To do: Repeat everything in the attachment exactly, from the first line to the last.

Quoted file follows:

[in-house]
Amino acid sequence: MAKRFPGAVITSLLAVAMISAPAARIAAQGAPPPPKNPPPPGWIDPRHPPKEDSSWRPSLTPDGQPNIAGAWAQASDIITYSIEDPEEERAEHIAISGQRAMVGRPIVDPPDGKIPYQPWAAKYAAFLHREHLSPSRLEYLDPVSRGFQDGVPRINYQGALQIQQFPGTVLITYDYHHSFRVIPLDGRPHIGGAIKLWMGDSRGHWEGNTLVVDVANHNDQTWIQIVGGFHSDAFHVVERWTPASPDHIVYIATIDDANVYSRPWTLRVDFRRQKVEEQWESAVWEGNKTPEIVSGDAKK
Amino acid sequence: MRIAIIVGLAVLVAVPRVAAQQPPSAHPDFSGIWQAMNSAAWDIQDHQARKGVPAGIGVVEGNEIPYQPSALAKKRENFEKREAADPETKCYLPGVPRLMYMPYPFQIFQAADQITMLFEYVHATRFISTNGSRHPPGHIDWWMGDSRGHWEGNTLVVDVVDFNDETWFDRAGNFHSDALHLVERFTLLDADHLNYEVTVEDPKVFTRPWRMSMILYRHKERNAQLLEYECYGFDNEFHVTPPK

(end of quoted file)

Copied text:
[in-house]
Amino acid sequence: MAKRFPGAVITSLLAVAMISAPAARIAAQGAPPPPKNPPPPGWIDPRHPPKEDSSWRPSLTPDGQPNIAGAWAQASDIITYSIEDPEEERAEHIAISGQRAMVGRPIVDPPDGKIPYQPWAAKYAAFLHREHLSPSRLEYLDPVSRGFQDGVPRINYQGALQIQQFPGTVLITYDYHHSFRVIPLDGRPHIGGAIKLWMGDSRGHWEGNTLVVDVANHNDQTWIQIVGGFHSDAFHVVERWTPASPDHIVYIATIDDANVYSRPWTLRVDFRRQKVEEQWESAVWEGNKTPEIVSGDAKK
Amino acid sequence: MRIAIIVGLAVLVAVPRVAAQQPPSAHPDFSGIWQAMNSAAWDIQDHQARKGVPAGIGVVEGNEIPYQPSALAKKRENFEKREAADPETKCYLPGVPRLMYMPYPFQIFQAADQITMLFEYVHATRFISTNGSRHPPGHIDWWMGDSRGHWEGNTLVVDVVDFNDETWFDRAGNFHSDALHLVERFTLLDADHLNYEVTVEDPKVFTRPWRMSMILYRHKERNAQLLEYECYGFDNEFHVTPPK